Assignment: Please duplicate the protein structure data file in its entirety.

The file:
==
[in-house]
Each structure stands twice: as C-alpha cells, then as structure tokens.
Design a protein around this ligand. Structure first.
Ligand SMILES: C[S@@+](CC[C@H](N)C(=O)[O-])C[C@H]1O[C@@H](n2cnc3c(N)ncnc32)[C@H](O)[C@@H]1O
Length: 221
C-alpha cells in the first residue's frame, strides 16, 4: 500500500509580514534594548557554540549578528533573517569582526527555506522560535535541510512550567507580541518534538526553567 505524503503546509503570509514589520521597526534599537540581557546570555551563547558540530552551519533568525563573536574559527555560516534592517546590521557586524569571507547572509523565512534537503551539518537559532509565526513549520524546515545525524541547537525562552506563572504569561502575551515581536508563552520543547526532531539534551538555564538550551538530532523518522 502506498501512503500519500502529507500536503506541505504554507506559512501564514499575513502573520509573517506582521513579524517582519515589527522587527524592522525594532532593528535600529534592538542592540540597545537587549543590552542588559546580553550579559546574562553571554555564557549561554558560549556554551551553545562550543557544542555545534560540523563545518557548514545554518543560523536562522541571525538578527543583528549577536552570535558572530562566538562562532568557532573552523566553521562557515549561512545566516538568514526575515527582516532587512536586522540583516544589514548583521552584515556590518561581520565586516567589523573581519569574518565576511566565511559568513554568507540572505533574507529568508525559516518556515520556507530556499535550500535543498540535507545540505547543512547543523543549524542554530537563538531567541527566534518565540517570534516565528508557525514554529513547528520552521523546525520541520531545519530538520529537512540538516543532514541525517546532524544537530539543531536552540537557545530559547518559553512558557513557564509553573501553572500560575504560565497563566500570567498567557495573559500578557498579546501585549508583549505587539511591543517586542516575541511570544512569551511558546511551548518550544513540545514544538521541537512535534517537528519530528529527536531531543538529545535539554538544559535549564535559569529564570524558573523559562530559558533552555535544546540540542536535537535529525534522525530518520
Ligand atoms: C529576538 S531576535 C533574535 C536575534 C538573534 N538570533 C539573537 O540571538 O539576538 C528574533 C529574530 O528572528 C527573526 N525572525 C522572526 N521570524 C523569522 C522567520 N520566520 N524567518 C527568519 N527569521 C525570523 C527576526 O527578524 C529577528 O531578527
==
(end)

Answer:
[in-house]
Each structure stands twice: as C-alpha cells, then as structure tokens.
Design a protein around this ligand. Structure first.
Ligand SMILES: C[S@@+](CC[C@H](N)C(=O)[O-])C[C@H]1O[C@@H](n2cnc3c(N)ncnc32)[C@H](O)[C@@H]1O
Length: 221
C-alpha cells in the first residue's frame, strides 16, 4: 500500500509580514534594548557554540549578528533573517569582526527555506522560535535541510512550567507580541518534538526553567 505524503503546509503570509514589520521597526534599537540581557546570555551563547558540530552551519533568525563573536574559527555560516534592517546590521557586524569571507547572509523565512534537503551539518537559532509565526513549520524546515545525524541547537525562552506563572504569561502575551515581536508563552520543547526532531539534551538555564538550551538530532523518522 502506498501512503500519500502529507500536503506541505504554507506559512501564514499575513502573520509573517506582521513579524517582519515589527522587527524592522525594532532593528535600529534592538542592540540597545537587549543590552542588559546580553550579559546574562553571554555564557549561554558560549556554551551553545562550543557544542555545534560540523563545518557548514545554518543560523536562522541571525538578527543583528549577536552570535558572530562566538562562532568557532573552523566553521562557515549561512545566516538568514526575515527582516532587512536586522540583516544589514548583521552584515556590518561581520565586516567589523573581519569574518565576511566565511559568513554568507540572505533574507529568508525559516518556515520556507530556499535550500535543498540535507545540505547543512547543523543549524542554530537563538531567541527566534518565540517570534516565528508557525514554529513547528520552521523546525520541520531545519530538520529537512540538516543532514541525517546532524544537530539543531536552540537557545530559547518559553512558557513557564509553573501553572500560575504560565497563566500570567498567557495573559500578557498579546501585549508583549505587539511591543517586542516575541511570544512569551511558546511551548518550544513540545514544538521541537512535534517537528519530528529527536531531543538529545535539554538544559535549564535559569529564570524558573523559562530559558533552555535544546540540542536535537535529525534522525530518520
Ligand atoms: C529576538 S531576535 C533574535 C536575534 C538573534 N538570533 C539573537 O540571538 O539576538 C528574533 C529574530 O528572528 C527573526 N525572525 C522572526 N521570524 C523569522 C522567520 N520566520 N524567518 C527568519 N527569521 C525570523 C527576526 O527578524 C529577528 O531578527